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Erin Go Bragh!

Heather's already spoken about her feelings on St. Patty's day. I have not had the same experiences that she has had, so my outlook is somewhat different, though no more or less valid. Different things, different people, as I like to say. Anyway, I always like to do something to celebrate St. Patrick's Day in a big way. I don't really know why I like this day so much. We do have Irish blood in us, but we have a lot of other nationalities in us as well, so it's an unsolved mystery. Let's chalk it up to my intense interest in other cultures for now.

Anyway, I always make a lot of food for our greenest of holidays, usually breakfast for my co-workers and then a semi-traditional Irish dinner. No, we're not talking corned beef and cabbage. I find corned beef very salty, but I love cabbage. There was a time in Mike's and my marriage that he actually put an embargo on the transport of cabbage into my house because I was making it so much. Cabbage is really cheap and really tasty; what's not to love? Anyway, so if we don't have corned beef, what do we have? Lamb! Scrumptious, tender, delicious lamb. If you've never had lamb, you don't know what you're missing. If you don't like lamb, then you need to try my recipe. You may change you mind.

Roasted Leg of Lamb With Garlic and Rosemary

7 to 8 lb. leg of lamb
4 medium garlic cloves
1 1/2 tsp salt
1/2 tsp pepper
1 1/2 tsp rosemary
3 tbsp balsamic vinegar
2 tbsp extra virgin olive oil
2 to 3 fresh rosemary sprigs or parsley for garnish

Trim excess fat, leaving a thin film-will cook to a crispy skin-and set aside. Preheat oven to 450. Mix together the garlic, which may need to be crushed, 3/4 tsp. salt, half the pepper, the rosemary, 1 tbsp balsamic vinegar, and 1 tbsp olive oil.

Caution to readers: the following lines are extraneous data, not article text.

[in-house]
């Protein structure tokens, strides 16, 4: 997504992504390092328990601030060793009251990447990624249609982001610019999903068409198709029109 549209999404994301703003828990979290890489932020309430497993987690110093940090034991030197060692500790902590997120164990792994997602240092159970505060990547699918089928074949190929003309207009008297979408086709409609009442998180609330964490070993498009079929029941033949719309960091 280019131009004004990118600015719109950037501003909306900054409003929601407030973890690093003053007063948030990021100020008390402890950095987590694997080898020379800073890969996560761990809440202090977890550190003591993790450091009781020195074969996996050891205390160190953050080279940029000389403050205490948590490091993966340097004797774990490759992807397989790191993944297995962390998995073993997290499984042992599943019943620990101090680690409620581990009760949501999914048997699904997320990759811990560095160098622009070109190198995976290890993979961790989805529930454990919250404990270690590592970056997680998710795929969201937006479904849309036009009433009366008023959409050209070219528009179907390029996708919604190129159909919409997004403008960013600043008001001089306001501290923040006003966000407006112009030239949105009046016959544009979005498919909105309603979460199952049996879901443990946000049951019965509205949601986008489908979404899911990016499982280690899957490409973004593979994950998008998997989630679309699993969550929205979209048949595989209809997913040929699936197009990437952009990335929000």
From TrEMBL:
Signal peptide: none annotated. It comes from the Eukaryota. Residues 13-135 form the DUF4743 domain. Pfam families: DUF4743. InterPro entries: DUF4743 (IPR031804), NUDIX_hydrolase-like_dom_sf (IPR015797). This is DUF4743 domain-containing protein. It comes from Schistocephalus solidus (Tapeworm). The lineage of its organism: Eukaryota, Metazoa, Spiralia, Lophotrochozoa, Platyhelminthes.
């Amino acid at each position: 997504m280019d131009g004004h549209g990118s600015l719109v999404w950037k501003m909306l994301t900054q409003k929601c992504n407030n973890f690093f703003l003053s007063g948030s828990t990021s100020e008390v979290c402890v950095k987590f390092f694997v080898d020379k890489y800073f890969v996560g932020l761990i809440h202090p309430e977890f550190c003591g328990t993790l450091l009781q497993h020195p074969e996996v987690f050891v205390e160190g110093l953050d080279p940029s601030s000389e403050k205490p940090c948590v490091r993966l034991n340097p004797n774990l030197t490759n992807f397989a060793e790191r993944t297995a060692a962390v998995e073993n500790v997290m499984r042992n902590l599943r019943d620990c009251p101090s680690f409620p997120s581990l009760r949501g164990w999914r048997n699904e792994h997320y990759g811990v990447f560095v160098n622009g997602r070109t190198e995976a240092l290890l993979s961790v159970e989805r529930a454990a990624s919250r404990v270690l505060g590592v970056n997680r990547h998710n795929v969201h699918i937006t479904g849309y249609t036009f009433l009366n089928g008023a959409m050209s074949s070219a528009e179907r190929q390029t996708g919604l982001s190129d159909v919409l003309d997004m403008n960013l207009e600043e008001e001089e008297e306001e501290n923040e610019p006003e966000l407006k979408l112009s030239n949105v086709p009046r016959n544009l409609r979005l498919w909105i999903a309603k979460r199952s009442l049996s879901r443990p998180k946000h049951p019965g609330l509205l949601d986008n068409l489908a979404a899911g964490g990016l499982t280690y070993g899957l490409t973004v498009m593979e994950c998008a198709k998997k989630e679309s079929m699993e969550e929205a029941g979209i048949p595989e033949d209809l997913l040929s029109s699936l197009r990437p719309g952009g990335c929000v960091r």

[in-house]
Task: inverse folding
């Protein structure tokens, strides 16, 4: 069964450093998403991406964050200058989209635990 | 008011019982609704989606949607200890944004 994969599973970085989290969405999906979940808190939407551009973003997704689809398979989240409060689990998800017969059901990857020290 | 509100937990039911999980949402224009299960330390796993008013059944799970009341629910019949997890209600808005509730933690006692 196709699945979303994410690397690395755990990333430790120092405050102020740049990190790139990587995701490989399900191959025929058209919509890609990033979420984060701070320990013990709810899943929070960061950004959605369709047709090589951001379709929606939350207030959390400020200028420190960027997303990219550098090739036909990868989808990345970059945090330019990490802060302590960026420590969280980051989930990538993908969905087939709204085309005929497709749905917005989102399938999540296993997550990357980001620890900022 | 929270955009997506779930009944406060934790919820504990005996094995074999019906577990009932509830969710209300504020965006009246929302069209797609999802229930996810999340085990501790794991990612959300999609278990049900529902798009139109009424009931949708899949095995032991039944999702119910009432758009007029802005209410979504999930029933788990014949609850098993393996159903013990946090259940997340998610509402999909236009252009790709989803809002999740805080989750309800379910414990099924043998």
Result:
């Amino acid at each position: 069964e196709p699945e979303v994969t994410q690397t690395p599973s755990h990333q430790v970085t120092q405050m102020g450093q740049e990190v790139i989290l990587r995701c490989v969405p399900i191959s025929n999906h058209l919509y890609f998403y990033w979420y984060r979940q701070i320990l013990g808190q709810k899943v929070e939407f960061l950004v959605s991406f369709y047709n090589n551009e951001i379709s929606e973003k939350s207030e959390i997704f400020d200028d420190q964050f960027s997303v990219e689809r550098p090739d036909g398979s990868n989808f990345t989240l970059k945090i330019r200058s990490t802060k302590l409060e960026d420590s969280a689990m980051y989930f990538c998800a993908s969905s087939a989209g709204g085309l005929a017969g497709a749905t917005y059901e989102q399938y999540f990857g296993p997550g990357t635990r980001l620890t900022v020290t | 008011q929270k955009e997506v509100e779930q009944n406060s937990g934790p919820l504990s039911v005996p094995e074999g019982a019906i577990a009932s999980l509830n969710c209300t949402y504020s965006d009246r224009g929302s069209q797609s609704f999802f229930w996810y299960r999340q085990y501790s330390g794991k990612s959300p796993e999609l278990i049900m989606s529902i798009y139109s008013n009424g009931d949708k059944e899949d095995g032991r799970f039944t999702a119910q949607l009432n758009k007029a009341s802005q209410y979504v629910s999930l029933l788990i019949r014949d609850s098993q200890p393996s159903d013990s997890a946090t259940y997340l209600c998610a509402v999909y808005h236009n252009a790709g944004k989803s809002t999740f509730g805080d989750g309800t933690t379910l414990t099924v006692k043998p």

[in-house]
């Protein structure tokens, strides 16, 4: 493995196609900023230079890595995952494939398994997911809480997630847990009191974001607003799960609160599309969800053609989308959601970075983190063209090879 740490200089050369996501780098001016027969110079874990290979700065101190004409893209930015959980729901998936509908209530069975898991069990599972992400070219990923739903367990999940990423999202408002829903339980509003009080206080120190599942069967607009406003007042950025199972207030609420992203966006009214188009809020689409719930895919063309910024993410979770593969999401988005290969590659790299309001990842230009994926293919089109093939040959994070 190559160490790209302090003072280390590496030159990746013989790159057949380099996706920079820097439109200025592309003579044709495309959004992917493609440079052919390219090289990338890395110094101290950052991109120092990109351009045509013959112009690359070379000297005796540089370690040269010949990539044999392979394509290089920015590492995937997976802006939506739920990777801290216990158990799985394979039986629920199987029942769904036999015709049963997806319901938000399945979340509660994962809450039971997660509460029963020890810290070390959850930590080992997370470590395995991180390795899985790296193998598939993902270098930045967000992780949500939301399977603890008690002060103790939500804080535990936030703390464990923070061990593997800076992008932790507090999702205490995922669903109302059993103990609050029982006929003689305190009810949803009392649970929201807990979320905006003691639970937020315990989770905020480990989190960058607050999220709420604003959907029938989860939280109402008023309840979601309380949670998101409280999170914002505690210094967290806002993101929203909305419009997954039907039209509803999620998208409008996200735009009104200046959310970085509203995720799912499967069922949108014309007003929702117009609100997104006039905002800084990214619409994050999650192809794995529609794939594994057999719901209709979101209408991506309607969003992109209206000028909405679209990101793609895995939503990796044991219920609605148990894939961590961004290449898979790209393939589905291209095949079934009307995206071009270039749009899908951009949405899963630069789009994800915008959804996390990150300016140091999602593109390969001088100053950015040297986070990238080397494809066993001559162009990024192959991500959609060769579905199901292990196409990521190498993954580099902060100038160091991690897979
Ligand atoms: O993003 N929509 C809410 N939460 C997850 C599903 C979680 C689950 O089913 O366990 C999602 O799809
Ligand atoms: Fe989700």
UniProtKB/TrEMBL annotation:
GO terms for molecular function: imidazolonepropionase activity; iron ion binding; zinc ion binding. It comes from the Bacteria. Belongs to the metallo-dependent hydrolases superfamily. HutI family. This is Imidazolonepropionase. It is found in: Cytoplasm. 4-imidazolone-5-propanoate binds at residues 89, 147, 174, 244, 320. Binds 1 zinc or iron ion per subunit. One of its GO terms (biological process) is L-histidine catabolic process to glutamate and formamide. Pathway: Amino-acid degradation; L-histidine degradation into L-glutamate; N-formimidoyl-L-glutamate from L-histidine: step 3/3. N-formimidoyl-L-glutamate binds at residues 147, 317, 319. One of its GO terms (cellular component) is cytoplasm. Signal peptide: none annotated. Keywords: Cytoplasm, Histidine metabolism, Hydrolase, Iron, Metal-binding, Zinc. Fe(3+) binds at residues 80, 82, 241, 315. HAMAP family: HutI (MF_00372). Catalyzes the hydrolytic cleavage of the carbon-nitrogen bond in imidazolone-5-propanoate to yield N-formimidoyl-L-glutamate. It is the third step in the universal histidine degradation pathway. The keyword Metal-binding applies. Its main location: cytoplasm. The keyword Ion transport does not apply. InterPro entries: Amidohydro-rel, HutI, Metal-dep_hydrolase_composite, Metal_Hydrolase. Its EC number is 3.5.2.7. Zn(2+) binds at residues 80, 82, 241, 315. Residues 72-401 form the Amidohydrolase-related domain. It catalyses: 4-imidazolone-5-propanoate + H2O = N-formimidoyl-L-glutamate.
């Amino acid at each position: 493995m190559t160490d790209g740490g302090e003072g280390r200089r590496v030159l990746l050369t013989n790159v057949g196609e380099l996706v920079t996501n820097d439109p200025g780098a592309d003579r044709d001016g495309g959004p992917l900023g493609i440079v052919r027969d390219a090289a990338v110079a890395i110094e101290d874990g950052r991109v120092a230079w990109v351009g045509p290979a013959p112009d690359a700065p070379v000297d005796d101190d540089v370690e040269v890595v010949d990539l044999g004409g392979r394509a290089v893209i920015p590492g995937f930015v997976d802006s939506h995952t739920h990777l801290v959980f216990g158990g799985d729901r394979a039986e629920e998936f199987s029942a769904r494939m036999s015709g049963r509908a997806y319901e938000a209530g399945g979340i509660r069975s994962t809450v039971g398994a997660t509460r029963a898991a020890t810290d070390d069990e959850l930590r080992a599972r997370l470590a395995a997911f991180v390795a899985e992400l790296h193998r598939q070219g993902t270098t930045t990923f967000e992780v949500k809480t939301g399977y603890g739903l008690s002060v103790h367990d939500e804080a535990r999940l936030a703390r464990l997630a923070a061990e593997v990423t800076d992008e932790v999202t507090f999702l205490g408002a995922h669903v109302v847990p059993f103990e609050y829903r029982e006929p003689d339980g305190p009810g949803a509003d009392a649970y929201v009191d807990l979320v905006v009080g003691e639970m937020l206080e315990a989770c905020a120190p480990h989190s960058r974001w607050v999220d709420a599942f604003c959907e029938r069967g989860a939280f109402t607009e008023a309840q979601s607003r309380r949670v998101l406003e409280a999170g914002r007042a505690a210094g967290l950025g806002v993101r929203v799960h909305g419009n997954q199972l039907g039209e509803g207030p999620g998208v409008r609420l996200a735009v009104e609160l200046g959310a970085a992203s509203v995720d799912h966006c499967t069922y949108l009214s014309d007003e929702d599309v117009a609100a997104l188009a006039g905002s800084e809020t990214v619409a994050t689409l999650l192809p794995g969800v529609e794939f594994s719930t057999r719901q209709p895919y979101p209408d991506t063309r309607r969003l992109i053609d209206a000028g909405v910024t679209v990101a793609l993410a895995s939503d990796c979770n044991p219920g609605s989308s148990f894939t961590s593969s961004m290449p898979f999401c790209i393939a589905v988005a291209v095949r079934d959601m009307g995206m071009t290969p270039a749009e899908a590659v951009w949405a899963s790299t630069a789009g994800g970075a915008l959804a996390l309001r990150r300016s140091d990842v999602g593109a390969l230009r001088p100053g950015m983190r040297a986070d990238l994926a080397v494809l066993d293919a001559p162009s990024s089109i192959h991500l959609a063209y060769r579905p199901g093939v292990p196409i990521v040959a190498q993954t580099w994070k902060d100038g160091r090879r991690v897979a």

With a small knife, cut 7 to 8 slits all over the meat 2 to 3 inches deep. Poke the mixed ingredients into the slits and rub any excess paste over the surface of the meat. Brush the lamb with the remaining oil and vinegar and season with remaining salt and pepper.

Place lamb on in a roasting pan with thickest part up and roast for 20 minutes. Reduce the temperature to 350 and baste with the pan drippings every 15 to 20n minutes. Cook the lamb for 1 1/4 to 1 1/2 hours or until meat thermometer stuck in the thickest part reads 125 to 130 for medium-rare. For medium to medium-well,cook to 140 to 150. Allow lab to rest for 15 to 20 minutes before carving.

What does a 7 to 8 pound leg of lamb look like? It looks like that! That is a huge piece of meat. We had eight guests over for dinner tonight and every one of them was awestruck at the size of this thing. Let me give you a HUGE hint here: Talk. To. Your. Butcher!!! I cannot stress this enough. I picked this leg up at Publix, which, with the bone, is almost as long as my arm. I looked at it and just knew I couldn't handle it alone, so I took it over to the butcher counter.

Butcher: Hello, how can I help you?
Me: Hi there! I'm buying this, but I don't really know how to handle a leg of lamb. Can you help me?